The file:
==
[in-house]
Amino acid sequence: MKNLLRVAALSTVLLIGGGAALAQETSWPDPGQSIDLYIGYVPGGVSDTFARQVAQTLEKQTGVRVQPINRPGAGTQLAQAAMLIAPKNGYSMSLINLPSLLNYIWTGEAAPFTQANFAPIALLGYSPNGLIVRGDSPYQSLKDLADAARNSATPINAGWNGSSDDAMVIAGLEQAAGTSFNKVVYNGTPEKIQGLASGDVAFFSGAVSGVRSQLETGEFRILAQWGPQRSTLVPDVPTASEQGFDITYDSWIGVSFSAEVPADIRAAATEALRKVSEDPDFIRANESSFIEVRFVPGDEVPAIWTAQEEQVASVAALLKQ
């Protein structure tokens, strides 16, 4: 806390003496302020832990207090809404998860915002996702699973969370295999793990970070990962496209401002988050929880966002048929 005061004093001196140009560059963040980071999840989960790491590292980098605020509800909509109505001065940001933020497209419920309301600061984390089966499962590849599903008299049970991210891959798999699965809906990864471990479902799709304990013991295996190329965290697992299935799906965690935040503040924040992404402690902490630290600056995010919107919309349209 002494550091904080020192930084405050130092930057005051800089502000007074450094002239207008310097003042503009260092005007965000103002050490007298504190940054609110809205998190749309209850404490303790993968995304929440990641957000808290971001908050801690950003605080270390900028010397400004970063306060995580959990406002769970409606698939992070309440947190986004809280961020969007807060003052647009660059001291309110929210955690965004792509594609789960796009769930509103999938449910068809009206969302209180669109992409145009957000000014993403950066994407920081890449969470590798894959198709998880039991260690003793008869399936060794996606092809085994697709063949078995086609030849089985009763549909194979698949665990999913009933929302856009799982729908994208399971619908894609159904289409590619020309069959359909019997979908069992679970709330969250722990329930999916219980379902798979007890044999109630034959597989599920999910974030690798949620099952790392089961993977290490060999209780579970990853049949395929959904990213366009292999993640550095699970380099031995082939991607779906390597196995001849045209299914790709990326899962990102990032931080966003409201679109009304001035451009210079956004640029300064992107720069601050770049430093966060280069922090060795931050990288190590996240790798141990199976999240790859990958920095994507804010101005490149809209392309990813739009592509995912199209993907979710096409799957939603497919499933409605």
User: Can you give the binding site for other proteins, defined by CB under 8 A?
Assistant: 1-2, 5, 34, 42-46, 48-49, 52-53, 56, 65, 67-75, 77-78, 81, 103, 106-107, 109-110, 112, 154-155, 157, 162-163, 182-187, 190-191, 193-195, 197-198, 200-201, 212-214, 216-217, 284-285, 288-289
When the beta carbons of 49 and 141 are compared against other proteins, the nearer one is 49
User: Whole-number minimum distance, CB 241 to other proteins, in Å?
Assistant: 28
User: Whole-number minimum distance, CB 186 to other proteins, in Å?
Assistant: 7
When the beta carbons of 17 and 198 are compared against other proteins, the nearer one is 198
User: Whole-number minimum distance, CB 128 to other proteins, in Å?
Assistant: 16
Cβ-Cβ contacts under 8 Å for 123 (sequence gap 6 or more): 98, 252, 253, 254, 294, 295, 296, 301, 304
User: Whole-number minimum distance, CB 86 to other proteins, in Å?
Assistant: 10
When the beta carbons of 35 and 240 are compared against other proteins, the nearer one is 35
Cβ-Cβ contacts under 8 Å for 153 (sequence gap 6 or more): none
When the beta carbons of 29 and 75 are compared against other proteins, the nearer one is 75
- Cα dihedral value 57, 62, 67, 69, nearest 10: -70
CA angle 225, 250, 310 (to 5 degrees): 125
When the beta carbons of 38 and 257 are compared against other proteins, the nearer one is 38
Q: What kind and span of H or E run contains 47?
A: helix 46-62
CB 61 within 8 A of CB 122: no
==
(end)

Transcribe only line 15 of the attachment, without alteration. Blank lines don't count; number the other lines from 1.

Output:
User: Whole-number minimum distance, CB 86 to other proteins, in Å?